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Labour factions alive - and kicking

David Cunliffe

By Duncan Garner, RadioLIVE Drive host  

It’s abundantly clear David Cunliffe is in charge of a divided, wounded and openly factionalised party.

He had to walk a careful line with his reshuffle yesterday because of that – and he did so pretty well. But it really does prove how seriously factionalised Labour is.

Annette King, Phil Goff and Clayton Cosgrove are firmly on the centre-right of the party up against the Cunliffe, Sue Moroney, Louisa Wall and Moana Mackey on the left of the party.

I remember two conversations about this topic a few years ago. I was with Guyon Espiner and we were winding up Annette King about how divided the two factions were. She laughed back at us and said they weren’t so much factions but ‘social groupings.’ Not only did we laugh the longest and the loudest but she made no attempt to deny the two factions were alive and kicking – each other.

Again - and I think this was after the 1999 election – a senior Labour MP, also a long time reliable source, told me how Helen Clark would appoint her Cabinet. The source told me she would be presented with the names of likely Ministers from both factions; she would go through them, make a few calls and appoint them to Cabinet roles.

It’s why she ended up with people she did not overly like or have confidence in; people like Dover Samuels. Remember she sacked him and ended bringing him back into a role outside Cabinet? It’s the right and left of the party pulling their own strings, for their own benefits. And it was all laid bare again last night in Tova O’Brien’s story on 3 News.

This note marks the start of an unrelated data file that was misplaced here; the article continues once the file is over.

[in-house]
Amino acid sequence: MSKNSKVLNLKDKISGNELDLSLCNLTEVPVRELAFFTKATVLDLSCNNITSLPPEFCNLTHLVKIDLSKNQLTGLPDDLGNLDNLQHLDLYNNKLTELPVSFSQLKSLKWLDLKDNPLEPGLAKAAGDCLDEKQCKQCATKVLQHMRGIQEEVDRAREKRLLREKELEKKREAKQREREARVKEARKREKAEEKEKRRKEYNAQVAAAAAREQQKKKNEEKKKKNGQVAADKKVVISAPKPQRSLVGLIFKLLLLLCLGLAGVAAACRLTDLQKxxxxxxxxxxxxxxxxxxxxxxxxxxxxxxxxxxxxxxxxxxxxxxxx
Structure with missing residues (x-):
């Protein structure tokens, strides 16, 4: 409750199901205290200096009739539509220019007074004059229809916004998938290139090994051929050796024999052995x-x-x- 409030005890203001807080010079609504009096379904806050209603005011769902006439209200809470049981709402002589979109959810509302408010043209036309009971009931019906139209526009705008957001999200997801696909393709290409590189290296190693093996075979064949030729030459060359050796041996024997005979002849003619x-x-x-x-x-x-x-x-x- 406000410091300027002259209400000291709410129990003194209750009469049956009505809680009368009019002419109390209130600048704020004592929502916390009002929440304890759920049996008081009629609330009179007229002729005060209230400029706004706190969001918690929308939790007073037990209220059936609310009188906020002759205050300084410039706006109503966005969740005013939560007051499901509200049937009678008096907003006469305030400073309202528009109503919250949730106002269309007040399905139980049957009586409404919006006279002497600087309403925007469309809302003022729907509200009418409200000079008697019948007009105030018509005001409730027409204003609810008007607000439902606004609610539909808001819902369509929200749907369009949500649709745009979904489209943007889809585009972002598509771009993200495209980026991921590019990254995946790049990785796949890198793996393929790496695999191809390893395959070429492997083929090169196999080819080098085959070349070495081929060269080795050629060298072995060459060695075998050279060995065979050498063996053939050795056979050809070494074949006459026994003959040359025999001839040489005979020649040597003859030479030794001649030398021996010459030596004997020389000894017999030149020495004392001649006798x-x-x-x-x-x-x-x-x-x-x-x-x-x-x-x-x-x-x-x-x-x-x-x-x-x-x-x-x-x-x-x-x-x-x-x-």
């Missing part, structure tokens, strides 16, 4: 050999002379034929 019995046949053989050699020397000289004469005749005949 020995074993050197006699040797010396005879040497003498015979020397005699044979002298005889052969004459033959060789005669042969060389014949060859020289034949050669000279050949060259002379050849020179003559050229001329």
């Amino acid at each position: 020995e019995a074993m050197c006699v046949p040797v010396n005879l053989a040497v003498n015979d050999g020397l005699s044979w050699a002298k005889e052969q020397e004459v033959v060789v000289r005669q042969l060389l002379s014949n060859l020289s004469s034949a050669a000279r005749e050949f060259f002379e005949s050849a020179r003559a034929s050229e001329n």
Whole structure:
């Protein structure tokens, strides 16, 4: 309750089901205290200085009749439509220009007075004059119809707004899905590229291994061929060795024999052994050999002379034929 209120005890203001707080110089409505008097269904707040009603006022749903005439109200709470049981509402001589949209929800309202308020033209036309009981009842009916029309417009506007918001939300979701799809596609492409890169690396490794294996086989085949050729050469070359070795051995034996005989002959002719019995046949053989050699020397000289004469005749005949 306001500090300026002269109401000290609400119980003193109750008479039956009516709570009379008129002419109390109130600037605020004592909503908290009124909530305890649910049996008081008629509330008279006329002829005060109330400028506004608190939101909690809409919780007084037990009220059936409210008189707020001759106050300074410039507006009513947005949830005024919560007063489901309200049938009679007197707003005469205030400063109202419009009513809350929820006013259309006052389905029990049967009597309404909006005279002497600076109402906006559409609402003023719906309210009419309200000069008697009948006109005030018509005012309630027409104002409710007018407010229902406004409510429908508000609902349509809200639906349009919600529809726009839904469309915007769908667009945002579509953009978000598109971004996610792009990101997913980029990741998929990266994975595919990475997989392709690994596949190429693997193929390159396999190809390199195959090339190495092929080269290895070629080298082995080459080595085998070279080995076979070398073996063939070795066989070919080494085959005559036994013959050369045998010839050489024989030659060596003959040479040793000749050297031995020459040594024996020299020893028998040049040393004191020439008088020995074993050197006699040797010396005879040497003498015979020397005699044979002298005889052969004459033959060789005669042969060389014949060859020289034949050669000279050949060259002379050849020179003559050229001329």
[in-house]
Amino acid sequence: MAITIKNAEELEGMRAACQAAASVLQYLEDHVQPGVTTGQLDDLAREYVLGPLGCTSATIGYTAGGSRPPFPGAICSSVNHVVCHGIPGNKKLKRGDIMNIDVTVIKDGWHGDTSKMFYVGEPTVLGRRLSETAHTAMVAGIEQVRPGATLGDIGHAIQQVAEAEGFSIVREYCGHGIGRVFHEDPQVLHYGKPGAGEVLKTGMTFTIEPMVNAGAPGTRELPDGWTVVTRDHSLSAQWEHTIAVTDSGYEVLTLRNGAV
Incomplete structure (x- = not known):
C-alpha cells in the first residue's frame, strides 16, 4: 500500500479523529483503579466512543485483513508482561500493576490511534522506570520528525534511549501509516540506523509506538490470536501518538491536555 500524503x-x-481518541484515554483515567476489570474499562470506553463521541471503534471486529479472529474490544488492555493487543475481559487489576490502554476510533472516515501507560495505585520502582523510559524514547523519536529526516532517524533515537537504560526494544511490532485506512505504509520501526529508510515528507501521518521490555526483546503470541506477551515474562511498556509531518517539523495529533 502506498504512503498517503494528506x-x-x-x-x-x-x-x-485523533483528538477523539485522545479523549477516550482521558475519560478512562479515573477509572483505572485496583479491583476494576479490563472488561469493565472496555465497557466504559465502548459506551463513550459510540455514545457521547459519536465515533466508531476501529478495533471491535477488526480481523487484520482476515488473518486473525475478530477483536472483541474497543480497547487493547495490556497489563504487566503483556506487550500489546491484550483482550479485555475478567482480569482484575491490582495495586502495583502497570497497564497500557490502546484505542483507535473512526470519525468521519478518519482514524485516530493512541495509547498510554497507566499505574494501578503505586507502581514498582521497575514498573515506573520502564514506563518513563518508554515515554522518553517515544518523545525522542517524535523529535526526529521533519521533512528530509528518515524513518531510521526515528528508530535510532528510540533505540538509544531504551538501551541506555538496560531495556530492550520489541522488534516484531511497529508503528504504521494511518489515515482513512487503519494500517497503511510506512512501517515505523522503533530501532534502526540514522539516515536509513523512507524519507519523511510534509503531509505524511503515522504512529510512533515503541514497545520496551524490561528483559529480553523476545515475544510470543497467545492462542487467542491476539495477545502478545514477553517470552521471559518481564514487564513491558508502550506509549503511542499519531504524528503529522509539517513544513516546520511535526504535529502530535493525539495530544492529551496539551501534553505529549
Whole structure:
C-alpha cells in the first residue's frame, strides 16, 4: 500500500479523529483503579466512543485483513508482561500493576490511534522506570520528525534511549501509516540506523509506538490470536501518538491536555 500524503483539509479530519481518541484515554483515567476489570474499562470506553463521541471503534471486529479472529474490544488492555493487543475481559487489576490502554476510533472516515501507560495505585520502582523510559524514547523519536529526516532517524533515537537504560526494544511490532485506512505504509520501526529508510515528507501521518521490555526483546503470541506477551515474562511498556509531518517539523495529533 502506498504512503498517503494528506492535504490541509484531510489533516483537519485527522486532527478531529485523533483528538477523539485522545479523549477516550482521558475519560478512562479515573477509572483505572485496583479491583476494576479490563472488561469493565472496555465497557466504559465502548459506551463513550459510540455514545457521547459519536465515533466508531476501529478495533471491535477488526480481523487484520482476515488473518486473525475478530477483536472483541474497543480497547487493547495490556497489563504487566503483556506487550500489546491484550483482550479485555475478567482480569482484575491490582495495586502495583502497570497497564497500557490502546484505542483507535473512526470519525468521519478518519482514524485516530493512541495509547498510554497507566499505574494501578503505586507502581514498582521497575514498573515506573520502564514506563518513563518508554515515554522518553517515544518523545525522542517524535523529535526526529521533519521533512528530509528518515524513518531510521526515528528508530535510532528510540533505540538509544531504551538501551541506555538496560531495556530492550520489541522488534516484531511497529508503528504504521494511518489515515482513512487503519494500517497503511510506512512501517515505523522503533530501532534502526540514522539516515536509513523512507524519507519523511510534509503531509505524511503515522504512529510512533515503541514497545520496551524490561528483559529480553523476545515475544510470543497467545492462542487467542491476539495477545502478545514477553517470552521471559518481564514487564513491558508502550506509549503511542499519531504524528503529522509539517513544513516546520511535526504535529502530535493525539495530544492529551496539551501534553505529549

She asked Annette King this question: How have you been able to move on so swiftly?

Annette: ‘In politics you have to be realistic.’

Again, King is not denying the factions, just confirming she’s having to deal with them.

So Cunliffe has swept into the top job on the back of the left-wing of the party. The centre-left members and unions clearly wanted him. But because of the way this party works - he simply couldn’t go in there and ditch his enemies on the centre-right. I’m sure he would have loved to, but he couldn’t.

This party is split down the middle – he needs both sides to work together. But there is a real warning here: The public aren’t fooled. They need to see that this party can work together. These factions need to heal; they need to gel.

They need to present themselves as an alternative Government. They also need to present themselves as having fresh talent. They are still a long way from that.

Promoting Annette King – whom I have always liked and got on with - to number 4 is odd. King is the old guard. Labour’s highest ranked woman? Really? It’s the wrong message.

Trevor Mallard also needs to be sent a direct and public message from Cunliffe that his time is up. How out of touch does it look for Mallard – who represents the poor and working-poor of Hutt South and Wainuiomata – to be on NZ’s longest junket in San Fransisco? It’s not good enough – no matter who approved it.

How much is this costing NZ taxpayers? And do ordinary working Kiwis get indefinite leave from their workplace to watch sporting events? No and no.

So Cunliffe is at pains to point out the Anyone-But-Cunliffe-Club has become the All-Behind-Cunliffe-Club. He can say it all he likes, but Kiwis aren’t fooled.

He’s asking his caucus to do what he has refused to do for years: Be loyal to the leader of the day. That takes time. He will need to earn their respect – it needs to be seen and believed and then voters will start to engage with Labour again; it’s a big ask.

It’s a long road – but he started well yesterday.

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